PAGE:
Purslane Weed: Benefits and Recipe
Purslane, or portulaca oleracea, is a garden weed that is edible and has many health benefits. Find out the benefits of the purslane plant here, and get a purslane recipe!
Like many other weeds, purslane is not only edible but also far more nutritious than many of the crops that we plant! Here’s just a few of the health benefits of purslane:
- Seven times the beta-carotene of carrots
- Six times more vitamin E than spinach
- Fourteen times more Omega 3 fatty acids.
Purslane is also said to be a natural remedy for insomnia. It has many of the same health benefits as other leafy greens. Originally from India, immigrants brought it with them to our shores, where it has escaped into gardens and backyards everywhere.
What Is Purslane: Plant or Weed?
See the purslane picture below. It’s a plant most of us consider a weed. I have never planted purslane yet it appears every spring in my garden. A succulent, purslane loves the heat. I let it grow in between my rows of carrots and beets and in other places where it isn’t bothering my veggies. Once it is touching my crops, I take it out and eat it.
To harvest purslane, it’s a good idea to pull it up completely, then cut off the stems from the piece attached to the root. Compost the root or feed to your chickens! Some companies are now actually selling the purslane seeds so that it can also be added to a garden on purpose. A delightful, nutritious extra for the enthusiastic gardener.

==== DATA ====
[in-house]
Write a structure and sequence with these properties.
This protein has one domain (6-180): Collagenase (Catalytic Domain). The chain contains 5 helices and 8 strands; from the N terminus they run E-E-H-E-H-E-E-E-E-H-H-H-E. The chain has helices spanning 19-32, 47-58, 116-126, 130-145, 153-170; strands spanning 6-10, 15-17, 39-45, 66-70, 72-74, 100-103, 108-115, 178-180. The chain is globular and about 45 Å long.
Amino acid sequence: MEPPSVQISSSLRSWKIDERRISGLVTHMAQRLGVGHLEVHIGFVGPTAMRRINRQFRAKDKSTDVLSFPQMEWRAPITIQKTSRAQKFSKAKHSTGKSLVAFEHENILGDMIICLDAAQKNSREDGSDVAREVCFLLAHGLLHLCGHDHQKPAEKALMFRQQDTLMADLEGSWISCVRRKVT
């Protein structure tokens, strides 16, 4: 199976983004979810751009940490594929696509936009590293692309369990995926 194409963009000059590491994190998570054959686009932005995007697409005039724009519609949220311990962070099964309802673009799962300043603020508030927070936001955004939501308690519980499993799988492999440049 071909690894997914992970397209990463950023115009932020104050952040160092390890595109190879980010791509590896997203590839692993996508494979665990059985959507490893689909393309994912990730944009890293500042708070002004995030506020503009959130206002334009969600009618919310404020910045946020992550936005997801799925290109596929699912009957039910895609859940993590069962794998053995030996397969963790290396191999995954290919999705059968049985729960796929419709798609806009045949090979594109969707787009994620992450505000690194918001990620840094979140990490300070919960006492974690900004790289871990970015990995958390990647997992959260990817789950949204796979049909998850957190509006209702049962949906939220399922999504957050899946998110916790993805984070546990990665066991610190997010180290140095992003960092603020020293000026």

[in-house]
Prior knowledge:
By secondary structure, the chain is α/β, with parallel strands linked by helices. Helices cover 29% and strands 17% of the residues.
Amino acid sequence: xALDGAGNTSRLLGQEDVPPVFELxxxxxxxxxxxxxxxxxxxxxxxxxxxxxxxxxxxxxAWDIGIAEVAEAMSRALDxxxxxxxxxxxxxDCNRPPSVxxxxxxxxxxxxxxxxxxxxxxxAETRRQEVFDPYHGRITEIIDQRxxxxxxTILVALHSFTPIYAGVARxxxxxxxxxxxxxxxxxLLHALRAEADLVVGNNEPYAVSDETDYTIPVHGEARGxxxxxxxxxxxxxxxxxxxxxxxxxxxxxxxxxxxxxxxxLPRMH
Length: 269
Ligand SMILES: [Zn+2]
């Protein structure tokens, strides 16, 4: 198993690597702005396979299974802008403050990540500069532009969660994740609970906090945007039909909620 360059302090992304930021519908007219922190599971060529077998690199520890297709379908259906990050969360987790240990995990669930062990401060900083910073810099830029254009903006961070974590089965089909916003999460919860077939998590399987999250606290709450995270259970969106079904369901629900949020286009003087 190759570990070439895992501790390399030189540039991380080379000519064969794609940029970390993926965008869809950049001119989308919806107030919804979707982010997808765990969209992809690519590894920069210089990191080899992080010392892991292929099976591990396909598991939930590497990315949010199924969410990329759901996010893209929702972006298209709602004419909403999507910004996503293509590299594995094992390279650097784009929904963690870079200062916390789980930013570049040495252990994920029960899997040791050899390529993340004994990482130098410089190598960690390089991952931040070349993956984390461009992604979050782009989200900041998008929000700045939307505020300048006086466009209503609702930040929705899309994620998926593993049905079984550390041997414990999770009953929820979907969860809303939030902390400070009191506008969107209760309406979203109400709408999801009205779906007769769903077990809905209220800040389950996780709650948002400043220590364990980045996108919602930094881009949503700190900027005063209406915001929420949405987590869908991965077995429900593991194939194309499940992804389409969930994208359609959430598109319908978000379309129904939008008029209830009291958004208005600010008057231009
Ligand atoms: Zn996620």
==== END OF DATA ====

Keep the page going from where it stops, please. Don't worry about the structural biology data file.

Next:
How to Cook Purslane
How do people eat purslane? Once you’ve cut off the root, the individual stems needs to be washed carefully. Purslane has little crevices to hold the soil, so you really need to use a hose to get ALL the dirt off.
- It is usually tossed into salads or added to soups in the Mediterranean area
- In Mexico, it’s a favorite addition to omelets.
- Purslane can also be lightly steamed for 4 to 5 minutes; serve with with salt and a little butter.
- Or, try adding purslane to smoothes or juicing it.
Here’s a great purslane salad: Fingerling-Potato and Purslane Salad with Grainy-Mustard Dressing.
Or try adding this nutrient-packed green to any soup. I like to add to my purslane to my bone broth soup which is delicious!
(You can also add seasonal lamb’s quarters, dandelions, purslane, nettles, amaranth, and herbs for health.)
Another option is to freeze purslane to add it to soups through the cold winter months! See how to freeze greens.
Are you ready to add purslane to your diet? Let us know below!
About This Blog
Celeste Longacre has been growing virtually all of her family’s vegetables for the entire year for over 30 years. She cans, she freezes, she dries, she ferments & she root cellars. She also has chickens. Celeste has also enjoyed a longtime relationship with The Old Farmer’s Almanac as their astrologer. Her new book, “Celeste’s Garden Delights,” is now available!